So, where did this conception of non-violent extremism and its imagined relationship to radicalisation come from? Why is it associated with an attack on intrinsically ‘British’ values, and what has this got to do with universities anyway? The answer is the evocation of British values evident in the Prevent guidance and in the promotion of what David Cameron, the UK Prime Minister, terms ‘muscular liberalism’. This he contrasts with the supposedly limp and impotent arguments of what is interestingly now called not the ‘hard left’, but the ‘soft left’. Cameron trailed this focus on non-violent extremism in his 2011 Munich speech, where the link with an integrationist agenda was all too evident (Cameron, 2011). The problem of radicalisation was laid firmly at the door of self-segregating communities. Muslim youth alienation was rooted in a lost sense of belonging and, ultimately, the failure of what was termed ‘state multiculturalism’.

            Cameron’s attack on state multiculturalism, from which the logic of the Prevent duty emerged, had a much longer lineage. It was, as one commentator (Hassan, 2011) notes, the result of the ‘pernicious influence of a neoconservative faction within the Conservative party seeking to reconfigure the rationale and focus of counter-terror policy. Michael Gove had won’. As the leading neoconservative at the heart of government policy-making in recent years, Gove has indeed been influential in framing the logic that underpins the current Prevent duty. A stout advocate of using force to intervene abroad, Gove has cast the domestic world similarly as a Manichean struggle between extremism and totalitarianism on the one hand, and British values, muscular liberalism and the open society on the other. It is not by chance that at the height of the storm around the Trojan horse scandal it was to Karl Popper’s tolerance paradox that Gove turned to defend his call to drain the swamp and deny the public square to views inimical to liberal values (BBC, 2014, p.7).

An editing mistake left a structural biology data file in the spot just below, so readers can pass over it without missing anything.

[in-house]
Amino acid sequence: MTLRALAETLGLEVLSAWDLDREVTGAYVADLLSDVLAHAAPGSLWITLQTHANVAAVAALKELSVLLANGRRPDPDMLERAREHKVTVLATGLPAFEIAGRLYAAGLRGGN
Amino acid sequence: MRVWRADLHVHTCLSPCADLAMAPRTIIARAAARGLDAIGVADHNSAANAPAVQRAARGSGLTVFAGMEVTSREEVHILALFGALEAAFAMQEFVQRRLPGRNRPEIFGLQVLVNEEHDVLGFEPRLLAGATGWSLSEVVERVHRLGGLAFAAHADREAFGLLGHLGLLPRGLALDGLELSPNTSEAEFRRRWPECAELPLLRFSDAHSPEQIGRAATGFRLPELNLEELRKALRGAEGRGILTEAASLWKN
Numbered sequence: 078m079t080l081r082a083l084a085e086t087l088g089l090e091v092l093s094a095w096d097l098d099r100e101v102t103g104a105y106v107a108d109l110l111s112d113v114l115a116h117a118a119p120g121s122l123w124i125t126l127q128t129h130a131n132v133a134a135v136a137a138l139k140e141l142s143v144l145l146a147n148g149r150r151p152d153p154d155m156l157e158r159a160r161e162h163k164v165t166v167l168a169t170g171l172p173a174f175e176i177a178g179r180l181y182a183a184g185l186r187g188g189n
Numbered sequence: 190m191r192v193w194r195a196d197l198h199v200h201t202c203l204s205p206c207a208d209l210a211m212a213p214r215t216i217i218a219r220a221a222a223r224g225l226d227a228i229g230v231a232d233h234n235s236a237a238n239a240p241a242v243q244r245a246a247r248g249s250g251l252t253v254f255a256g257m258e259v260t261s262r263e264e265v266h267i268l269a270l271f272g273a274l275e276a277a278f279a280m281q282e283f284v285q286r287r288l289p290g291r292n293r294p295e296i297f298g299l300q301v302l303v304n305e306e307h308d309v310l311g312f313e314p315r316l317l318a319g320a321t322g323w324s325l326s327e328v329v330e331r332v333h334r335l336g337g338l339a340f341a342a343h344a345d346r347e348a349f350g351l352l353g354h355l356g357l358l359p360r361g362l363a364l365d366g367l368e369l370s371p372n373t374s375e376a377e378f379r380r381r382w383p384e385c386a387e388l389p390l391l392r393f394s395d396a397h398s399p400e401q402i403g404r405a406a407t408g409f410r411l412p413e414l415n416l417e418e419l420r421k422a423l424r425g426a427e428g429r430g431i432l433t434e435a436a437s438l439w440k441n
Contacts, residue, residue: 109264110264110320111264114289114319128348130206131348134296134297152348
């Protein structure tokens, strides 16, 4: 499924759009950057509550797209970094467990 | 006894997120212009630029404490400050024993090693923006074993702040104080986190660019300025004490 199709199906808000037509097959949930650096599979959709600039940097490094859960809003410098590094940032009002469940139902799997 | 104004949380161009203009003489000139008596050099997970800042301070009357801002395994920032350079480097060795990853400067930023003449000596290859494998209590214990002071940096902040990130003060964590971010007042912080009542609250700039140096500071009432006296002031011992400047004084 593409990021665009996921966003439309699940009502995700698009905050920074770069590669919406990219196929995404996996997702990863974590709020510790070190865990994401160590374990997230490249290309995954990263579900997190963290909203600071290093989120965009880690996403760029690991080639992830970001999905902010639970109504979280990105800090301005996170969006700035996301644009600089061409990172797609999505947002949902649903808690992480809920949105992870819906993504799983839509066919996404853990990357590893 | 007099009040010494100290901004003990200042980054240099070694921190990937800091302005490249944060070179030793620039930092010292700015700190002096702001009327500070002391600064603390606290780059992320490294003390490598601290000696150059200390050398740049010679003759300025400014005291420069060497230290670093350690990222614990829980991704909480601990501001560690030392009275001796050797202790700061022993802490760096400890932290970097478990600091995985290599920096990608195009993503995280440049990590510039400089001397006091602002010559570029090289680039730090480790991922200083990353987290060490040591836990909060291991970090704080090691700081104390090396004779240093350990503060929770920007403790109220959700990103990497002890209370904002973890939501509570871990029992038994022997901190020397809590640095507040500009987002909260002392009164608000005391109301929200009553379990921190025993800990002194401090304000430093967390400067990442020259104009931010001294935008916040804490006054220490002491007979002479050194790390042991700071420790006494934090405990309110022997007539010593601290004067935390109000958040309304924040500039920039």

Hardly surprising either – and certainly not unconnected – that Gove was at the forefront of the campaign to leave Europe, which, for the right at least, has long been a barely-sublimated euphemism for its antagonism toward migration. The management of migration, migrants and migrant communities is embedded in discussions of Britishness and, as Arun Kundnani (2007) has argued, the movement of an integrationist model of Britishness from the fringes of the extreme right in the Thatcherite era through to the centre ground of British politics in the shadow of the war on terror, and current models of radicalisation.

            In this pronounced identification of a certain conception of liberal values as quintessentially British, there is, I think, an exemplar of what Paul Gilroy (2006, p.27) refers to as ‘postcolonial melancholia’, a ‘social, cultural and psychological blockage’ that is the ‘after effect of imperial domination’, the same sunset-hued light of imperial nostalgia in which sections of the far right tend to bathe, and that today prevents the development of a durable and habitable multiculture. As Gilroy further argues, the sustained onslaught on multiculturalism in the wake of 9/11 has always been based on the erroneous assumption that ‘solidarity and diversity cannot co-exist’ and it is this that has given the impetus toward a ‘wholesale re-evaluation of the tarnished notion of Britishness’ (Gilroy, 2006, p.29). The result, he insists, is the ‘militarisation of everyday life’ as a defining feature of our time that relies in large part on the insistence that we ‘must now become fundamentally and decisively the same’ (Gilroy, 2006, p.30). It is a process which also sees the securitisation of civil institutions so that citizens increasingly become not only the object of surveillance but its means.

            It is perhaps telling of the times in which we live that Gilroy’s remarks were made during his inaugural lecture at the London School of Economics, one of those campuses identified in 2010 as a breeding ground of extremism by Douglas Murray, then head of the now defunct neoconservative think tank, the Centre for Social Cohesion (2010, p.v). Since 2011, however, Murray has been Associate Director of another prominent neoconservative think tank, the Henry Jackson Society, which, along with its close affiliate organisation, Student Rights, has been at the forefront of the campaign targeting universities as supposed sites of radicalisation (see Sutton and Stuart, 2012; Sutton, 2015). Michael Gove is a signatory to the Henry Jackson Society’s statement of principles.